45 Original Track Plans

Bernard Kempinski
Item #12496

NEW Track Plans from Bernard Kempinski!

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This book features 45 original track plans created by respected author Bernard Kempinski. None of these track plans have been published before, so modelers will get an exclusive look at all-new material. Plans include:
•    A variety of scales, including HO, N, S, and O.
•    A variety of portrayed locations, with many from the east coast of the United States.
•    Room-sized plans to those that fill a basement or garage.

Author: Bernard Kempinski
Size: 8.25x10.75
Pages: 96
Color photos: 60
Author Bio
Bernard Kempinski is a freelance writer who has written more than 40 magazine articles on model railroading, many of them on layout planning, and one book on realistic, mid-size track plans. He is an active model railroader and has built many models on commission, including a 1950s steel mill and a paper mill featured in recent Walthers catalogs. A former U.S. Army captain, Bernard works as a defense analyst in Washington, D.C.
Table of Contents

small (under 140 square feet)
  1 Canton Railroad — HO
   switching a soap factory        6
  2 American Can — HO or N
   modeling a full-sized industry        8
  3 Free-mo Steel — HO
   a heavy industry on a modular layout        10
  4 Bear Island Paper Mill — N
   a paper mill served by CSX        12
  5 Mower Lumber — N
   a West Virgina lumber railroad        14
  6 Warrenton — HO
   a British-style layout of a stub terminal        16
  7 First Steel — HO
   a steel mill railroad that can grow        18
  8 Keystone Viaduct — N
   Ntrak modules for home or show        20
  9 Brooke Yard — HO
   a pocket terminal in a tricky space        22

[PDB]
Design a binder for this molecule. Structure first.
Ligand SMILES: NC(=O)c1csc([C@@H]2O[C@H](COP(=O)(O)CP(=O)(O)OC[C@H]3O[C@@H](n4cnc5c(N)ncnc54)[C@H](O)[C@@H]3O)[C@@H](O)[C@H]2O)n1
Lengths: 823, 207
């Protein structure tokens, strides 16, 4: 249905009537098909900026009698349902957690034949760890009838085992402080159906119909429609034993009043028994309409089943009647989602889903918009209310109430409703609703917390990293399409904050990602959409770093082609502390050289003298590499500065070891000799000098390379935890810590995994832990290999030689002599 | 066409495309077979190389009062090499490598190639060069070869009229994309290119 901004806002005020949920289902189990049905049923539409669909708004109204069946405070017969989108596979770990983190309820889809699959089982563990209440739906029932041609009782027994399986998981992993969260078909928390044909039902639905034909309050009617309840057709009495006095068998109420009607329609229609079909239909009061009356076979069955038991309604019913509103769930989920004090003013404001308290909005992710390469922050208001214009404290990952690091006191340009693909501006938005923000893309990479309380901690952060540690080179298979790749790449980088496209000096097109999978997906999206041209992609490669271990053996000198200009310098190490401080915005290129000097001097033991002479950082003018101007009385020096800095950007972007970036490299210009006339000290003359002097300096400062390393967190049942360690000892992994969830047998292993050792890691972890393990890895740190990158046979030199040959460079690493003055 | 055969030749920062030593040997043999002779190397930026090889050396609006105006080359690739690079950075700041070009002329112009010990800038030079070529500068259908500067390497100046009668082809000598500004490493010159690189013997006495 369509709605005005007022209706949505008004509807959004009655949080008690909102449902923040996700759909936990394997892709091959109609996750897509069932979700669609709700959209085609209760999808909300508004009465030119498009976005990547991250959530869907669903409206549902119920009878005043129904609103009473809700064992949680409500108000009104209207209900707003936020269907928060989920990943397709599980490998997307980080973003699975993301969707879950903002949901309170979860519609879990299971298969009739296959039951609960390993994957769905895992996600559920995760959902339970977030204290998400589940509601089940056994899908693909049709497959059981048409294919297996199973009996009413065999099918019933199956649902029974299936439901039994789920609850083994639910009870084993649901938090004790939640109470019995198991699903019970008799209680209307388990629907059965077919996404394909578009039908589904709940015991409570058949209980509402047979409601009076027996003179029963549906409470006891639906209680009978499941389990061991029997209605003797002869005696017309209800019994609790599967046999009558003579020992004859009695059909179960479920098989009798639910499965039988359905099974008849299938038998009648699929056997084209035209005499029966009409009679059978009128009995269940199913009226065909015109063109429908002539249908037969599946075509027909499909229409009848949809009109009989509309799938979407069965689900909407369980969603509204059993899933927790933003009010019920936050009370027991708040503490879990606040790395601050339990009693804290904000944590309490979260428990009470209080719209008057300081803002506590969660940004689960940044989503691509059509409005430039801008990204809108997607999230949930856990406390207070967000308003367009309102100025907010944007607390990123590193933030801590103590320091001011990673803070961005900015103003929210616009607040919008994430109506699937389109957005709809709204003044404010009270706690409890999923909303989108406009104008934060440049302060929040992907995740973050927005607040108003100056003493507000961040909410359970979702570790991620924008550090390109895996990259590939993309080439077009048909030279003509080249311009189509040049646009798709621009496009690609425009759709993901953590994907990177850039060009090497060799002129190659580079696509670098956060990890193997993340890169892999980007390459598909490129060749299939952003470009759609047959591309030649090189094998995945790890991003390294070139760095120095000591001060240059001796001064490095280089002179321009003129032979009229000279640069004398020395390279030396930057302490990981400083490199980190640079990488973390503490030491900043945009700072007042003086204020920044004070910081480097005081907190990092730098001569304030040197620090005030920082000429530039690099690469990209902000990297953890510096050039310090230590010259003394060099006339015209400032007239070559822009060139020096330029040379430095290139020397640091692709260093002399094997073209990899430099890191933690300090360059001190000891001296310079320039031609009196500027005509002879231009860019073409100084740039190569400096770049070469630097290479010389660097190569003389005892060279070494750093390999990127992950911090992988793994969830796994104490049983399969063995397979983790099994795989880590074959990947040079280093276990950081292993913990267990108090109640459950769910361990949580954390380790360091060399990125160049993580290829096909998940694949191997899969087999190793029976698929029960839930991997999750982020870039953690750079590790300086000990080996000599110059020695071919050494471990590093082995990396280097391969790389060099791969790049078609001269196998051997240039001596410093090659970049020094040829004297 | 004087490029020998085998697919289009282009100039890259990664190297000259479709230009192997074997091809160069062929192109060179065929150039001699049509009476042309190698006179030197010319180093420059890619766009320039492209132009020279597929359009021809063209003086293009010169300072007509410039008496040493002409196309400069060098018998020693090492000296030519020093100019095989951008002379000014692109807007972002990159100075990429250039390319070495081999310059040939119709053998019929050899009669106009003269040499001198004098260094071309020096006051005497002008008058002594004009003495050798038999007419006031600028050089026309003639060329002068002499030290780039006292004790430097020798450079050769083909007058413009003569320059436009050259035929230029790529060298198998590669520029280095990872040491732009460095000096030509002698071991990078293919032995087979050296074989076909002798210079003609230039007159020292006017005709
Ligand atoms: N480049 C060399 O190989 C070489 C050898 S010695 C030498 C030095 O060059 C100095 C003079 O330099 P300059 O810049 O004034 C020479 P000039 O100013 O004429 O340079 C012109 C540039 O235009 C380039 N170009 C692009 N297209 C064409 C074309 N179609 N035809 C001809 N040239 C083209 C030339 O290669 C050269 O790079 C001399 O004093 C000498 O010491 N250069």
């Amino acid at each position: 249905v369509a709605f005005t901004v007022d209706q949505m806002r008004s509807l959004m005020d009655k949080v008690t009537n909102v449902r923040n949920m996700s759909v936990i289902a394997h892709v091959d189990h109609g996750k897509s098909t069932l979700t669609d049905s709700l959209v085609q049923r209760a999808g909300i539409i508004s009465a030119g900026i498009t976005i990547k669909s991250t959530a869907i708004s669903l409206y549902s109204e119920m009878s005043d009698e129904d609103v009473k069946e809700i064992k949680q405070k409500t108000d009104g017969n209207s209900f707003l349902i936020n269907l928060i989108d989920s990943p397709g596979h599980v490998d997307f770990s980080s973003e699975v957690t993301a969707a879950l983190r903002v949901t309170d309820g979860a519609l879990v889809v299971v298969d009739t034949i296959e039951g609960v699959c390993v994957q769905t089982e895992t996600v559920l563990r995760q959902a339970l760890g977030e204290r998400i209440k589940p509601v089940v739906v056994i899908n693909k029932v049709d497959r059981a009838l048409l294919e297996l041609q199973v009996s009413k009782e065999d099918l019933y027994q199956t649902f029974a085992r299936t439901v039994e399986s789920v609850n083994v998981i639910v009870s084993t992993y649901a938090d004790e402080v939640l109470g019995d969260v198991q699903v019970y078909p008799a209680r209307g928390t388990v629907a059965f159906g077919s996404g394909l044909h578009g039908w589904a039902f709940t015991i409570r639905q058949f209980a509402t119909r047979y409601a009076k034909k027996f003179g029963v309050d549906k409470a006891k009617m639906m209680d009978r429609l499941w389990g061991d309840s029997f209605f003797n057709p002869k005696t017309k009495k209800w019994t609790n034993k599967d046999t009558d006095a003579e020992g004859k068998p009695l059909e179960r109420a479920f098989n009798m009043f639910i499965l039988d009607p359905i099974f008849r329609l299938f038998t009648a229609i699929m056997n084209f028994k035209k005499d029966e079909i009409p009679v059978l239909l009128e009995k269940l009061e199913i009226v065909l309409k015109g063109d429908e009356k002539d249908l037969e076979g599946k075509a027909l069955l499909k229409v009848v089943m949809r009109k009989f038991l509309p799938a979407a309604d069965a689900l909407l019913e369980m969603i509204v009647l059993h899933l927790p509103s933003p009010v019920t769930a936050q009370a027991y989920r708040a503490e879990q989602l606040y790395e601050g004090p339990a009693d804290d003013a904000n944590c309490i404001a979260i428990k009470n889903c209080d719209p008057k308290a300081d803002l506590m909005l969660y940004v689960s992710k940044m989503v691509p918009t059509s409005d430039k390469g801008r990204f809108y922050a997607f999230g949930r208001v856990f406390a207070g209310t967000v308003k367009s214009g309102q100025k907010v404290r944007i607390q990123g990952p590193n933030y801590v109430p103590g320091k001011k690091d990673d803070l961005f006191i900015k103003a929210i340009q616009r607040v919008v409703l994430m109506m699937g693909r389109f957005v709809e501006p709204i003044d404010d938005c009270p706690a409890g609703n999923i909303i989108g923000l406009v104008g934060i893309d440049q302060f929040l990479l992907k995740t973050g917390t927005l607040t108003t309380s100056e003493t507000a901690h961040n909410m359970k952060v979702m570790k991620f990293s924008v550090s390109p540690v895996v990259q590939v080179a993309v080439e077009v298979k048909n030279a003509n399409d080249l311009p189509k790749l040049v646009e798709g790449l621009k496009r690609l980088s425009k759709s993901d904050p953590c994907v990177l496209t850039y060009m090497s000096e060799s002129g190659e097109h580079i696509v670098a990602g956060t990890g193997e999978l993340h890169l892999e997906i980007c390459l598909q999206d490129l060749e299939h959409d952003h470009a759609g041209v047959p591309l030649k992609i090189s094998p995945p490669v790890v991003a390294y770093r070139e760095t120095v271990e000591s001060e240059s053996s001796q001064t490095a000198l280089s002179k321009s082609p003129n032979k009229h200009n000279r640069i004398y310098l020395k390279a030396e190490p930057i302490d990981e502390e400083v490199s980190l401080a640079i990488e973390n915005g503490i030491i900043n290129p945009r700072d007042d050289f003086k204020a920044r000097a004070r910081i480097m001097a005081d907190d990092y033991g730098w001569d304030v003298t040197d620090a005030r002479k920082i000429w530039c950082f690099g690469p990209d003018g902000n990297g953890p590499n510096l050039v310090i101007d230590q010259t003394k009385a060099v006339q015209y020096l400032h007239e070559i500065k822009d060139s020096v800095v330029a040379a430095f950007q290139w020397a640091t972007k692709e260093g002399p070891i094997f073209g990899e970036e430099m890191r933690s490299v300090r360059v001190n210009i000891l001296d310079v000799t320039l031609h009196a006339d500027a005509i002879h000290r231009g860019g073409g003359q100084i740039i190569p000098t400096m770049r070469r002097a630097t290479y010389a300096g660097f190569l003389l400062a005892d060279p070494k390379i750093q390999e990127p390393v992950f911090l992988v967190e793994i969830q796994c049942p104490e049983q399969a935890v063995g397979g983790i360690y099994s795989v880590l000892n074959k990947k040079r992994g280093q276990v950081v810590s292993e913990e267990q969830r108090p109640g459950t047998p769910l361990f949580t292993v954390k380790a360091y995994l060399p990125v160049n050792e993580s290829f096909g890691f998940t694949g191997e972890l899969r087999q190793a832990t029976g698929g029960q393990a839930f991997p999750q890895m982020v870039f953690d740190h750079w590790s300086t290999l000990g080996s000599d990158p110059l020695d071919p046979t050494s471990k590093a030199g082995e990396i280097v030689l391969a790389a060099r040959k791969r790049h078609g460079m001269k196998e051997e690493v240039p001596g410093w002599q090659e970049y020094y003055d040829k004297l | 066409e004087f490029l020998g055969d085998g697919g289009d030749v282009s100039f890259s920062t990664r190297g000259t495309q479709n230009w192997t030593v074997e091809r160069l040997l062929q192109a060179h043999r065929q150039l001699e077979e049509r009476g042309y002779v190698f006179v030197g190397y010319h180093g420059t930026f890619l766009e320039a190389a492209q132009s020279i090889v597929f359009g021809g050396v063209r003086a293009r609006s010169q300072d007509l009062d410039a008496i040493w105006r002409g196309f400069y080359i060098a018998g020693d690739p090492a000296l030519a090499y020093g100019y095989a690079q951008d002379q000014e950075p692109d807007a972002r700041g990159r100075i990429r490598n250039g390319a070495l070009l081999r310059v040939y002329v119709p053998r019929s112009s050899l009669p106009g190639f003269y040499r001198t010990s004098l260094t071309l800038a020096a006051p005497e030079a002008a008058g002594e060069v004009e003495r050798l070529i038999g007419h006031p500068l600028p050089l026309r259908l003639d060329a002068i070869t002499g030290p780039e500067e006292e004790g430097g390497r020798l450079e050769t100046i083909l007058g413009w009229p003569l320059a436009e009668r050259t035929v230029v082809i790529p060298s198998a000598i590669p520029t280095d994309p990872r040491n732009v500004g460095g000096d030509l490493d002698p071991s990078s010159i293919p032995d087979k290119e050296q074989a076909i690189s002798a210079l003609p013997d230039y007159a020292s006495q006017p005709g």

10 Overland Route — HO
   a tribute to the transcontinental railroad        24
11 Menil-La-Tour — On30 or O14
   running a WWI narrow gauge railroad        26
12 WWII Stateside Port — HO
   loading naval convoys from trains         28
13 Fort Miles — HO
   modeling U.S. coastal railway artillery in WWII        30
14 Cape Canaveral — HO
   a model railroad that launches rockets        32
15 Victoria Crater Railway — Sn30
   a mining railroad on Mars        34

medium (140 to 300 square feet)
16 Cowan Country — N
   mainline operation with helpers on three decks        36
17 West Bottoms — O
   early MoPac steam in Kansas City        38
18 NYC High Line — HO
   Manhattan’s elevated industrial line        40
19 SNE Air Line — HO
   modeling the SNE in Providence        42
20 Trans-Andes Railway — HO
   Peruvian railroading at 15,000 feet        44
21 Alnwick Branch — OO
   from the English coast to castle        46

22 Alexandria Waterfront — O
   urban switching during the Civil War        48
23 Trans-Iranian Railway — HO
   Lend Lease over the Persian Corridor        50
24 EMD Progress Rail — HO
   modeling a locomotive factory        52
25 Ballard Terminal Railroad — HO
   a Seattle shore-front short line        54
26 Sunon Motors — HO
   switching auto trains during a shift change        56
27 Powder River Basin — N or Z
   a BNSF-UP joint coal line        58
28 DaniCa Forest Products — HO
   a southeastern chemical paper mill        60
29 Rockport & Weak — On30
   a Maine narrow gauge freight hauler        62
30 Soldier Summit — N
   running three railroads over the Wasatch        64

large (over 300 square feet)
31 Winding Gulf — HO